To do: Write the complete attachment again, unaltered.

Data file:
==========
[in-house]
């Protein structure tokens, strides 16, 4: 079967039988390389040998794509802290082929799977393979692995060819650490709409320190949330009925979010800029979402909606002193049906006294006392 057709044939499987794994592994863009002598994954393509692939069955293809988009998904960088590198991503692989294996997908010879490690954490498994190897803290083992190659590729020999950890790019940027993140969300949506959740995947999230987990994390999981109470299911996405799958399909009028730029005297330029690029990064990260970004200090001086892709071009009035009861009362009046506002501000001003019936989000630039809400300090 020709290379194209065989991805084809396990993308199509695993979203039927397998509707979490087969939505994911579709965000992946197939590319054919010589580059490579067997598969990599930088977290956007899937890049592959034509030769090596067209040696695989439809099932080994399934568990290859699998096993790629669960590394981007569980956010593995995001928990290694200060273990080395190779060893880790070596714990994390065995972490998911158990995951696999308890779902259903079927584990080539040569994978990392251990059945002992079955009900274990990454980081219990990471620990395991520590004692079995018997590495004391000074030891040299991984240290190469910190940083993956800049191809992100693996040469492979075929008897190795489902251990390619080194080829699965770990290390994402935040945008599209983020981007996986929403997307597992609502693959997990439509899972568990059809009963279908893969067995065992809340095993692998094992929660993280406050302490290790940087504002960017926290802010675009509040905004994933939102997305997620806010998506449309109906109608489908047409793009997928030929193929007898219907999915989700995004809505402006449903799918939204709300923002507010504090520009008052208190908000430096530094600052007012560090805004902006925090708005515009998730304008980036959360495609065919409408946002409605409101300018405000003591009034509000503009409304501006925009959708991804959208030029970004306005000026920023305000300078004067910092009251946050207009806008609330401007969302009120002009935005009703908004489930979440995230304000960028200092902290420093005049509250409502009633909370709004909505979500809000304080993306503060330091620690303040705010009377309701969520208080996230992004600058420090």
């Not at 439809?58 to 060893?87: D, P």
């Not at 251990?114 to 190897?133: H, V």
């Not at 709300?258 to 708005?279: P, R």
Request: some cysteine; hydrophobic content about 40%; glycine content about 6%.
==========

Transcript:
[in-house]
């Protein structure tokens, strides 16, 4: 079967039988390389040998794509802290082929799977393979692995060819650490709409320190949330009925979010800029979402909606002193049906006294006392 057709044939499987794994592994863009002598994954393509692939069955293809988009998904960088590198991503692989294996997908010879490690954490498994190897803290083992190659590729020999950890790019940027993140969300949506959740995947999230987990994390999981109470299911996405799958399909009028730029005297330029690029990064990260970004200090001086892709071009009035009861009362009046506002501000001003019936989000630039809400300090 020709290379194209065989991805084809396990993308199509695993979203039927397998509707979490087969939505994911579709965000992946197939590319054919010589580059490579067997598969990599930088977290956007899937890049592959034509030769090596067209040696695989439809099932080994399934568990290859699998096993790629669960590394981007569980956010593995995001928990290694200060273990080395190779060893880790070596714990994390065995972490998911158990995951696999308890779902259903079927584990080539040569994978990392251990059945002992079955009900274990990454980081219990990471620990395991520590004692079995018997590495004391000074030891040299991984240290190469910190940083993956800049191809992100693996040469492979075929008897190795489902251990390619080194080829699965770990290390994402935040945008599209983020981007996986929403997307597992609502693959997990439509899972568990059809009963279908893969067995065992809340095993692998094992929660993280406050302490290790940087504002960017926290802010675009509040905004994933939102997305997620806010998506449309109906109608489908047409793009997928030929193929007898219907999915989700995004809505402006449903799918939204709300923002507010504090520009008052208190908000430096530094600052007012560090805004902006925090708005515009998730304008980036959360495609065919409408946002409605409101300018405000003591009034509000503009409304501006925009959708991804959208030029970004306005000026920023305000300078004067910092009251946050207009806008609330401007969302009120002009935005009703908004489930979440995230304000960028200092902290420093005049509250409502009633909370709004909505979500809000304080993306503060330091620690303040705010009377309701969520208080996230992004600058420090």
């Not at 439809?58 to 060893?87: D, P």
């Not at 251990?114 to 190897?133: H, V």
């Not at 709300?258 to 708005?279: P, R």
Request: some cysteine; hydrophobic content about 40%; glycine content about 6%.